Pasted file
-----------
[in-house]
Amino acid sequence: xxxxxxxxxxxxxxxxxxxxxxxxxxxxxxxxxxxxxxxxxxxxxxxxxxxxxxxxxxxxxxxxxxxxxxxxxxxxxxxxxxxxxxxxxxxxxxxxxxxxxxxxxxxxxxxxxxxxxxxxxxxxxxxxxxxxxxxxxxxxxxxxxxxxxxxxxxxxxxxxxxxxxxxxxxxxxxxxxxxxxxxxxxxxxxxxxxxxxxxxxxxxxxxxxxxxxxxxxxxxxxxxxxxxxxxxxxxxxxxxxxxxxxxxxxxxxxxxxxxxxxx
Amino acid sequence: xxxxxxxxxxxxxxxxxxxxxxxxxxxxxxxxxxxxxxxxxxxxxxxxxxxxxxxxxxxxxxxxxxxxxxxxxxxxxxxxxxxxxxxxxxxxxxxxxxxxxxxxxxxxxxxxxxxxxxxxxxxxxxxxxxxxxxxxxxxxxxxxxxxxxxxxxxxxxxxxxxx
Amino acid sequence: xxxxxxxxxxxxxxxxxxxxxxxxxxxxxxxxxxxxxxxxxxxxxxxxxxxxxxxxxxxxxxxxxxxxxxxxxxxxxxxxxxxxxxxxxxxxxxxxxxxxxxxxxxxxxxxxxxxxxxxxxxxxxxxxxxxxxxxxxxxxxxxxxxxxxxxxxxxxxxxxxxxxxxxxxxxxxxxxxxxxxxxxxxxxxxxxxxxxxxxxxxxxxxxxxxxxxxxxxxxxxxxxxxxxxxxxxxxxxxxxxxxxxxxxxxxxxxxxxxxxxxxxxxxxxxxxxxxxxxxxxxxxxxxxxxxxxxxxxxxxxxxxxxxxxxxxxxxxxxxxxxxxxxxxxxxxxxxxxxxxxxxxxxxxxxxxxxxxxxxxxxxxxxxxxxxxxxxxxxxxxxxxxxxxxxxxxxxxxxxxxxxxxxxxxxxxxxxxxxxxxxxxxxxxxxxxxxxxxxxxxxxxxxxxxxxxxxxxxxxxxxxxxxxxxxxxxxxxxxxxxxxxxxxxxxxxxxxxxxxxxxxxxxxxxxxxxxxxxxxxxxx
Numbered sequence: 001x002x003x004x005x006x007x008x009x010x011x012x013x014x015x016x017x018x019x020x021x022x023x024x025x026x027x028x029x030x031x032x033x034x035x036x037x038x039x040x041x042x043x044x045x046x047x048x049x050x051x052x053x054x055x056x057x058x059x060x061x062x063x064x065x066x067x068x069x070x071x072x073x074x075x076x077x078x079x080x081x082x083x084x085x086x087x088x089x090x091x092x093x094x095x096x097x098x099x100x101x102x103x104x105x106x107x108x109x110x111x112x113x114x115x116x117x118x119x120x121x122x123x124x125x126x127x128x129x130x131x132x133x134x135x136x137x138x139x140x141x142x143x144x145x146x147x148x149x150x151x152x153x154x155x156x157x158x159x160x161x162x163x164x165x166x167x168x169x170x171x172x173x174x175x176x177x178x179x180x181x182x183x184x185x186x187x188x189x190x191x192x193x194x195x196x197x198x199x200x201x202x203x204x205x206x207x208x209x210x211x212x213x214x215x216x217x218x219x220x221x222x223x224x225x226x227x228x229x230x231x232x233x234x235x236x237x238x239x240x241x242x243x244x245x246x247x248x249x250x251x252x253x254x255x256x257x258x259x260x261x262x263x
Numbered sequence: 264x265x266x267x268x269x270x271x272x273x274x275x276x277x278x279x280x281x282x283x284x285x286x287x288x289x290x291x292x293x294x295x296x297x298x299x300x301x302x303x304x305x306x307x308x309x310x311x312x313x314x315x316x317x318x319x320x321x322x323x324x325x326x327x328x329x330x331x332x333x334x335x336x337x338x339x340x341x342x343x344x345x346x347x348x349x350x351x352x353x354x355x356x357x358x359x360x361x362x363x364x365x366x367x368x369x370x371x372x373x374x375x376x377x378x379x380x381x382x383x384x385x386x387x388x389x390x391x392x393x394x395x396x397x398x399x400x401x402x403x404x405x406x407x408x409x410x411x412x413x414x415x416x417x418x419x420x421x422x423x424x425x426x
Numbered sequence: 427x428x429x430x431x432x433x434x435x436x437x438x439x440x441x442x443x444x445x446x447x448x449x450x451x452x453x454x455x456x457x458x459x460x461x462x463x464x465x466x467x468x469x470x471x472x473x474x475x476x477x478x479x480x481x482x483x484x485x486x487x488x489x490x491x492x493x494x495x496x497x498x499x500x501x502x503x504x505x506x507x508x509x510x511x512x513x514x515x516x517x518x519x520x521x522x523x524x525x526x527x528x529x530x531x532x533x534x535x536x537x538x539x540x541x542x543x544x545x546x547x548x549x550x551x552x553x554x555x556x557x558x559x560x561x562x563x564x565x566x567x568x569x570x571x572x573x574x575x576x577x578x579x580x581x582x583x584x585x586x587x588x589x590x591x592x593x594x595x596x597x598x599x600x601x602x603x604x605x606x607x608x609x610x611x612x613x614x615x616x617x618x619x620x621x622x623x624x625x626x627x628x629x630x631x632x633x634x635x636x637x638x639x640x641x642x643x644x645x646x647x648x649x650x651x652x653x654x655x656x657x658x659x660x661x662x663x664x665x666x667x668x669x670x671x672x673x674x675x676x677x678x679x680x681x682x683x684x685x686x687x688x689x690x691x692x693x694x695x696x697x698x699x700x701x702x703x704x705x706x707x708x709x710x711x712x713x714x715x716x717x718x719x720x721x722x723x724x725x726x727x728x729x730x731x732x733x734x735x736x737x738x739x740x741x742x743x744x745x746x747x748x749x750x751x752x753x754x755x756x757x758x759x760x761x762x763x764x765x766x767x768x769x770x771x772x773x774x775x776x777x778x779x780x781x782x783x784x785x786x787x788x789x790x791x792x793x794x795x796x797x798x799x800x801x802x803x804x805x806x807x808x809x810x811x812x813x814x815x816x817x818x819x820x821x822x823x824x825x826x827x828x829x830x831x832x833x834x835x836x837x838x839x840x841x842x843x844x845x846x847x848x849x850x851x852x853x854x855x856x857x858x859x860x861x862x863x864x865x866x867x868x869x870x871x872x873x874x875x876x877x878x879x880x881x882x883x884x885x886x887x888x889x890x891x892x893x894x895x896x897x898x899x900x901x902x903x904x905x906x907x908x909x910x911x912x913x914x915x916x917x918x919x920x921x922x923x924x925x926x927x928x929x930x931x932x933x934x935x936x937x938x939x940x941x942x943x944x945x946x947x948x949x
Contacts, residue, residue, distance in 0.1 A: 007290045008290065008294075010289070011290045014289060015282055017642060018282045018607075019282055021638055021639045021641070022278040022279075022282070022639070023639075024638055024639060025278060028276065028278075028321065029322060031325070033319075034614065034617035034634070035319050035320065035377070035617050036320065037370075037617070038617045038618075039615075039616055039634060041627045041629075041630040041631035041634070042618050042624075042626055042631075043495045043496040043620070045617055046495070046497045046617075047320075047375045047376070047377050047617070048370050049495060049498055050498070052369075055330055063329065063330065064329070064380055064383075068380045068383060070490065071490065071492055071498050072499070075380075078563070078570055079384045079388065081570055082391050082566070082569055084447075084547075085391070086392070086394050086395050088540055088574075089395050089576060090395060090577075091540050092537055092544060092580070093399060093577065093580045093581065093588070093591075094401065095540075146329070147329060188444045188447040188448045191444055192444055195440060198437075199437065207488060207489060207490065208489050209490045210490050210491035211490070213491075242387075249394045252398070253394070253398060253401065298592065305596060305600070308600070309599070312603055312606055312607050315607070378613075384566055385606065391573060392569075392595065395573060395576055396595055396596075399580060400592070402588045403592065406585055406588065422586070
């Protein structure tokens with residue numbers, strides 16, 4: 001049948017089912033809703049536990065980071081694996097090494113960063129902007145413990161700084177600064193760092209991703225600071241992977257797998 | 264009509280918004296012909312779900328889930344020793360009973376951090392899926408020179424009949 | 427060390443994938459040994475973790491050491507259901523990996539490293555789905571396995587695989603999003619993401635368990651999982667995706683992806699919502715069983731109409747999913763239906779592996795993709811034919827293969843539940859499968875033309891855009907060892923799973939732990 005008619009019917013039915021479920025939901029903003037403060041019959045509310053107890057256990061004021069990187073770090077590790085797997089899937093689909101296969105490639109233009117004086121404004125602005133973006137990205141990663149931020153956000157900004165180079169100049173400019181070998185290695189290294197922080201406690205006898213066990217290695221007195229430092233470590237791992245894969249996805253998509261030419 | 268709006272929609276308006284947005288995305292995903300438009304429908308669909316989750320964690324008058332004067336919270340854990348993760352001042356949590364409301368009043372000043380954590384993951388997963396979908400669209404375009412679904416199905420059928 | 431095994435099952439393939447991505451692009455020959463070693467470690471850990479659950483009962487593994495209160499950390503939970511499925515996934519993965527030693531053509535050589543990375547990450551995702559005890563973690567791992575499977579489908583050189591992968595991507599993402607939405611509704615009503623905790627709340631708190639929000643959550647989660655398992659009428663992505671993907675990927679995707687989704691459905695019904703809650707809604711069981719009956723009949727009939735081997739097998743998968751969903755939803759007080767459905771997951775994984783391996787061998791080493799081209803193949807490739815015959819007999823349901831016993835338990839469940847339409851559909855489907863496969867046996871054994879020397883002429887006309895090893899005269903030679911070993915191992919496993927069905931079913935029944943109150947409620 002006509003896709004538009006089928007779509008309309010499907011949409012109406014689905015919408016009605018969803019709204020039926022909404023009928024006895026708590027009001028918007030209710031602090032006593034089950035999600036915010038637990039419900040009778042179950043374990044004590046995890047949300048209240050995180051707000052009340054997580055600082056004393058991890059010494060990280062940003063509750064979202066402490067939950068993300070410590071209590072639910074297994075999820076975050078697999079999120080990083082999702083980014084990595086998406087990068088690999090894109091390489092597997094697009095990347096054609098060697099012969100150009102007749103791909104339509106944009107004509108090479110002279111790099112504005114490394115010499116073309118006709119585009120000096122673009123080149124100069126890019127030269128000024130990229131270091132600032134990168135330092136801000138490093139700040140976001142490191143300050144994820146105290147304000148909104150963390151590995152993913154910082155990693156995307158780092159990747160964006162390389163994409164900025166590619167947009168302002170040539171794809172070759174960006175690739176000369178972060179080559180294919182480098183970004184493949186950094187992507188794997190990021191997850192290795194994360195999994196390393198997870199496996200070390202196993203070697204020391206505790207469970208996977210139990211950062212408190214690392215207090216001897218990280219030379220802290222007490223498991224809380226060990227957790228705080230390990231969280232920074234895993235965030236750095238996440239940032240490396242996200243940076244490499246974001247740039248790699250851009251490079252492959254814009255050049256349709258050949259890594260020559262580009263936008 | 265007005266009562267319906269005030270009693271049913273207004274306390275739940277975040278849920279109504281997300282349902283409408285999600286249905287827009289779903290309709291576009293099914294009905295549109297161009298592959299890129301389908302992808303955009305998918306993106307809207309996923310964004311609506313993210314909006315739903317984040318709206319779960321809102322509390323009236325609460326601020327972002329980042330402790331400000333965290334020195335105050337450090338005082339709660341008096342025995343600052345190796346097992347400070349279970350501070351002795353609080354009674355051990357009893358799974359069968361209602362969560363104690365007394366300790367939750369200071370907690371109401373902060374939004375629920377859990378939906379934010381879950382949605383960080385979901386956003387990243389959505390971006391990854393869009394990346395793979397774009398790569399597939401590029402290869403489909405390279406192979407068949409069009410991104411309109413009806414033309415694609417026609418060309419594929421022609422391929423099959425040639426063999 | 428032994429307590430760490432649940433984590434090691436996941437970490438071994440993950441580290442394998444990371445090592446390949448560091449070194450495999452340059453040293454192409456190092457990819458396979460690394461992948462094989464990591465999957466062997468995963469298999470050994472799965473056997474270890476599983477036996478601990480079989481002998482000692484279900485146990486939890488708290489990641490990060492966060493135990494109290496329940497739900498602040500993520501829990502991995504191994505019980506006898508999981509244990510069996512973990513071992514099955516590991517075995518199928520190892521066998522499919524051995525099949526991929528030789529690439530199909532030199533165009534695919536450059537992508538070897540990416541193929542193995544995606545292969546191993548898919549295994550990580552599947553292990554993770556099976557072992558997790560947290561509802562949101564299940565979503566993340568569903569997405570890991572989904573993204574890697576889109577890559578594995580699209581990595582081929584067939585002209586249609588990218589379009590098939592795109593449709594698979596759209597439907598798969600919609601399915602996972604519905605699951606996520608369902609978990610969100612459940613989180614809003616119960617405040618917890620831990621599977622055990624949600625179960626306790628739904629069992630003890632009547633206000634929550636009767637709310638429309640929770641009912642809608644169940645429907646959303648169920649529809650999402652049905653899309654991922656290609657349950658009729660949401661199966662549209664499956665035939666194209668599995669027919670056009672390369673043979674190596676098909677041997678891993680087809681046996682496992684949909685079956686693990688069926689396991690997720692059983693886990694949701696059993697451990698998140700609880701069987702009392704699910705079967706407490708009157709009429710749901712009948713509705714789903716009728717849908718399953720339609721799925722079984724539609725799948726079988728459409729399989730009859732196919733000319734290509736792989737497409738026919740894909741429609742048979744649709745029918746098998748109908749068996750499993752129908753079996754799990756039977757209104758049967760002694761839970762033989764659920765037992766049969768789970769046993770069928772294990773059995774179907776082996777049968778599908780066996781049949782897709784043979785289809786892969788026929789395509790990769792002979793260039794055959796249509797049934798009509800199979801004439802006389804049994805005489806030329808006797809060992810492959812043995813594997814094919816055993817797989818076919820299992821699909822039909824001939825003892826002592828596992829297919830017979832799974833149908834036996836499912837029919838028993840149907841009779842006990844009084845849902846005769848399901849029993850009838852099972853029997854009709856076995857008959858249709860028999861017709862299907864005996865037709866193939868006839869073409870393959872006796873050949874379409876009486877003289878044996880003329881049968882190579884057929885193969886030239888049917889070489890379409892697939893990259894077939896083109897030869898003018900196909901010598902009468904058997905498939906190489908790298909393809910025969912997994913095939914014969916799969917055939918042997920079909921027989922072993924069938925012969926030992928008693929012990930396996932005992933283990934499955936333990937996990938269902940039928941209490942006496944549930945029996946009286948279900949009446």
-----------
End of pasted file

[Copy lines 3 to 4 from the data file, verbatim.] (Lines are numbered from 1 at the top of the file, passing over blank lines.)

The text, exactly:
Amino acid sequence: xxxxxxxxxxxxxxxxxxxxxxxxxxxxxxxxxxxxxxxxxxxxxxxxxxxxxxxxxxxxxxxxxxxxxxxxxxxxxxxxxxxxxxxxxxxxxxxxxxxxxxxxxxxxxxxxxxxxxxxxxxxxxxxxxxxxxxxxxxxxxxxxxxxxxxxxxxxxxxxxxxx
Amino acid sequence: xxxxxxxxxxxxxxxxxxxxxxxxxxxxxxxxxxxxxxxxxxxxxxxxxxxxxxxxxxxxxxxxxxxxxxxxxxxxxxxxxxxxxxxxxxxxxxxxxxxxxxxxxxxxxxxxxxxxxxxxxxxxxxxxxxxxxxxxxxxxxxxxxxxxxxxxxxxxxxxxxxxxxxxxxxxxxxxxxxxxxxxxxxxxxxxxxxxxxxxxxxxxxxxxxxxxxxxxxxxxxxxxxxxxxxxxxxxxxxxxxxxxxxxxxxxxxxxxxxxxxxxxxxxxxxxxxxxxxxxxxxxxxxxxxxxxxxxxxxxxxxxxxxxxxxxxxxxxxxxxxxxxxxxxxxxxxxxxxxxxxxxxxxxxxxxxxxxxxxxxxxxxxxxxxxxxxxxxxxxxxxxxxxxxxxxxxxxxxxxxxxxxxxxxxxxxxxxxxxxxxxxxxxxxxxxxxxxxxxxxxxxxxxxxxxxxxxxxxxxxxxxxxxxxxxxxxxxxxxxxxxxxxxxxxxxxxxxxxxxxxxxxxxxxxxxxxxxxxxxxxxx